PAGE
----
In a 2003 BBC poll that asked Brits to name the "Greatest American Ever", Mr. T came in fourth, behind ML King (3rd), Abe Lincoln (2nd) and Homer Simpson (1st).





  10. #22
    Join Date
    Aug 2009
    Location
    Wilton, CT
    Posts
    24,644
    Blog Entries
    8

    Re: Ray Lewis' place in history

    Quote Originally Posted by Mista T View Post
    #1 Dick Butkus
    #2 Ray Lewis
    #3 Lawrence Taylor

    So it is Written, So it Shall be Done
    Butkis was before my time but to be that great on such horrible teams is just amazing. The focus he had must have been incredible
    Putting the Fanatic back in Fan





  11. #23
    Join Date
    Oct 2014
    Location
    Central NJ
    Posts
    2,320

    Re: Ray Lewis' place in history

    Quote Originally Posted by Mista T View Post
    #1 Dick Butkus
    #2 Ray Lewis
    #3 Lawrence Taylor

    So it is Written, So it Shall be Done
    Totally disagree. Butkis maybe #3. Ray was every bit the dominant run stopper, but he could be anywhere on the field he needed to be when he needed to be there to make the play. Ray was Butkis on fast forward (and the greatest leader in NFL history). Sorry but Butkis is even arguable at #3.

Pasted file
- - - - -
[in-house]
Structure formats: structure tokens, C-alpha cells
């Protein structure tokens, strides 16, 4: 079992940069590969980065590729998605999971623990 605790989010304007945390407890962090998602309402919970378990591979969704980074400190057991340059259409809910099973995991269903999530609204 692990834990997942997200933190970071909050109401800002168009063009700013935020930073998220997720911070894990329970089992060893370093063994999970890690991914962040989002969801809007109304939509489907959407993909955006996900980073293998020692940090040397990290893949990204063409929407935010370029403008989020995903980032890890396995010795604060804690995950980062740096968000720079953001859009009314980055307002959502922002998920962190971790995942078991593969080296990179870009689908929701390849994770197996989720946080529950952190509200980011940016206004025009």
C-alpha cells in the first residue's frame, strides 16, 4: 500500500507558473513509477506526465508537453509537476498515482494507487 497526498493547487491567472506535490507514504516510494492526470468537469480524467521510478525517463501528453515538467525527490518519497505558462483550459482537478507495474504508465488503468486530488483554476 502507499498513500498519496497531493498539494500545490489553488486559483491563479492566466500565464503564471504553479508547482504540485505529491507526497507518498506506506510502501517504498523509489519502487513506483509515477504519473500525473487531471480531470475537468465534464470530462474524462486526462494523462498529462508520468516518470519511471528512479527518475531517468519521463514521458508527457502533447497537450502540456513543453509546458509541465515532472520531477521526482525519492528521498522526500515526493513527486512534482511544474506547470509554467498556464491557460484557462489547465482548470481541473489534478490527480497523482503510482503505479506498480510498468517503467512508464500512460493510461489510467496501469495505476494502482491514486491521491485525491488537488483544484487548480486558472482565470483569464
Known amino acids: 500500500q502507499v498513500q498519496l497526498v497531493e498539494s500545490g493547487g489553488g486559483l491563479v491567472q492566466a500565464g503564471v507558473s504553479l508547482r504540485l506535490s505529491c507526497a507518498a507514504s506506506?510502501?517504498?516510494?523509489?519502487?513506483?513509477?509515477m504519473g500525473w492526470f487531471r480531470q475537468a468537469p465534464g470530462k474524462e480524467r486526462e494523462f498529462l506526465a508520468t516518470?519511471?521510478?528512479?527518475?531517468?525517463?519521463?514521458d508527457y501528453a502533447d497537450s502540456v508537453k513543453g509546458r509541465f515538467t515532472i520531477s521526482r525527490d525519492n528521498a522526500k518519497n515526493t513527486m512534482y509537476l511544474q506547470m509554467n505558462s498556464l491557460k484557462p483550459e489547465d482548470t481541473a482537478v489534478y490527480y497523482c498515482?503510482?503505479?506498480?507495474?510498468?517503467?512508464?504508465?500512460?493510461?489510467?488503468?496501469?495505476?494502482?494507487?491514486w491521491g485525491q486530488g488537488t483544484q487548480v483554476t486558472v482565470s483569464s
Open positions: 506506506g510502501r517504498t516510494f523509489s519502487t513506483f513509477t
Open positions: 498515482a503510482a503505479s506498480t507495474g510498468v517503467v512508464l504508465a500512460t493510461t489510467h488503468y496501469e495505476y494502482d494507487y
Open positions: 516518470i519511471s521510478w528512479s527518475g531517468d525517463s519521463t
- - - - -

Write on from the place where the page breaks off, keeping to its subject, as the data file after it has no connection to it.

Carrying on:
I already said I thought LT was the greatest PLAYER ever (NFL put him behind Rice, Brown and Montana). I thought he was like Michael Jordon to football. He just wasn't likeable. No less a dominant force.





  12. #24
    Join Date
    Mar 2017
    Location
    near Asheville, NC
    Posts
    975

    Re: Ray Lewis' place in history

    For what it's worth, as in not much:

    All Time All Pro LBs (strong, middle, weak)

    1) Lawrence Taylor - Ray Lewis - Jack Ham
    2) Bobby Bell - Dick Butkus - Derrick Brooks
    3) Junior Seau - Joe Schmidt - Ted Hendricks
    4) DeMarucs Ware - Mike Singletary - Chuck Howley
    5) Derrick Thomas - Brian Urlacher - Andre Tippett

    feels nuts leaving Ray Nitchke and Jack Lambert off but, there you go. MLB is tough and deep all-time. Chicago probably has four of the top ten (Bill George). Not to mention Sam Huff, Chuck Bednarik, Willie Lanier, Nick Buoniconti, Zach Thomas and Patrick Willis.

    also not sure where to put modern rush LB/DEs like Terrell Suggs, DeMarcus Ware and Von Miller. I suppose there should be a 4th spot for that position led by LT -- but then old school OLBs look weaker.





Bookmarks

Posting Permissions

  • You may not post new threads
  • You may not post replies
  • You may not post attachments
  • You may not edit your posts
  •  
Russell Street Report Website Design by D3Corp Ocean City Maryland